“Fr. Groody has misused his position,” concluded Dorris. “It’s up to Fr. Jenkins to use his power to correct the situation.”
Finally, SNAP encourages Fr. Jenkins to use this situation as “a teaching moment.” The group suggests that he educate his faculty about the effect that public support for an accused abuser can have on other victims struggling to find the courage to come forward.
Rev. John I. Jenkins, CSC
Office of the President
University of Notre Dame
400 Main Building
Notre Dame, Indiana 46556
SENT BY EMAIL: email@example.com
Re: Father Daniel Groody’s Support for Accused Child Molester Father Virgilio Elizondo
Dear Father Jenkins:
We are members of a victims’ group called SNAP, the Survivors Network of those Abused by Priests. We are writing to you today because we are concerned over the actions of one of your faculty members, Father Daniel Groody, and we would like you to use your authority to discipline him.
As you know since you were also in attendance, Father Groody spoke publicly at Father Vigilio Elizondo’s funeral, saying that he was accused of abuse “because he was a highly visible, accomplished, respected cleric. …”
While we understand that Father Groody and Father Elizondo were colleagues, perhaps even friends, no clergyman should use the power of his position to praise an accused pedophile, particularly one who appears to have acknowledged his guilt in his suicide note.
Survivors who read Father Groody’s words can only feel horribly discouraged: many abusers tell their victims that no one will believe them over a respected man of the cloth. As a result, they will be less likely to seek help, and they will continue to suffer alone and in silence, and their abuser will go on to hurt more children.
As Father Groody’s superior we ask you to use your authority to help remedy this deplorable situation. We would like you to do two things.
First, we beg you to severely reprimand Father Groody for his hurtful actions. We also ask that you order him to cease supporting Father Elizondo publicly.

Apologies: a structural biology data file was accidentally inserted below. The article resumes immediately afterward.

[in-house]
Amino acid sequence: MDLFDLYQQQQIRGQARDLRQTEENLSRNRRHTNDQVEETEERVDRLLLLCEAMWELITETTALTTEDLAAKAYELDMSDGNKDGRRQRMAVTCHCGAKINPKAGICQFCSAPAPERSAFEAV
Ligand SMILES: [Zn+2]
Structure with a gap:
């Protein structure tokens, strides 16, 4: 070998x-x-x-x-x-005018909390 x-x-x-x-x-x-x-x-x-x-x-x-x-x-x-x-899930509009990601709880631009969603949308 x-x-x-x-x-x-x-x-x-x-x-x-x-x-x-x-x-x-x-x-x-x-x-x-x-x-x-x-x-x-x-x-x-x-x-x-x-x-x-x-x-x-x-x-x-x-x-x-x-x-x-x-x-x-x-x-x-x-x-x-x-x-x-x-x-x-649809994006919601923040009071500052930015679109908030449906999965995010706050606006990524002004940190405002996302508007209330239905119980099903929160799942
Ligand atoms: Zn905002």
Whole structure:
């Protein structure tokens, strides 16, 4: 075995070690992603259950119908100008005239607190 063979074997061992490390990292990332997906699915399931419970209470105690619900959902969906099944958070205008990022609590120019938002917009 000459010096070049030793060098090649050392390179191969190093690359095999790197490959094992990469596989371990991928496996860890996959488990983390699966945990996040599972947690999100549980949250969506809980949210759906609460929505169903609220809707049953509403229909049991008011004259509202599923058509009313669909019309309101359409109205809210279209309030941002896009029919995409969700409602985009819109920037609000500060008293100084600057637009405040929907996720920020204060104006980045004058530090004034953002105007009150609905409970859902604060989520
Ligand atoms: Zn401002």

Second, use this hurtful move as a teaching moment for your faculty, particularly those who are also clergymen. Make sure that they know that it is not appropriate – and in fact very callous - for them to publicly defend accused credibly accused child molesters.
National Director, SNAP
Survivors Network of those Abused by Priests
7234 Arsenal Street
St. Louis MO 63143
Outreach Director, SNAP
Survivors Network of those Abused by Priests
St. Louis MO 63130
50 State AG Call for Grand Jury
Any investigation must be:
- independent of and separate from the church
- must have subpoena powers and ability to compel testimony under oath
Anything short of these criteria is a sham and whitewash.
In addition, write letters to the editor, make phone calls to politicians as they can apply pressure to keep them responsive to our demand. We need to make efforts to ensure that they follow up on what the state is doing to investigate these crimes.
The Attorneys General of forty states have inquired about the grand jury process in Pennsylvania. Let's get statewide investigations going in fifty states.
Note to Letter Writers
Use your own words and style of writing. Cut and paste from the templates as you wish. Include your experiences, whether as a survivor or as a member of the community. And relate your letter to the state you were abused in or state now living in.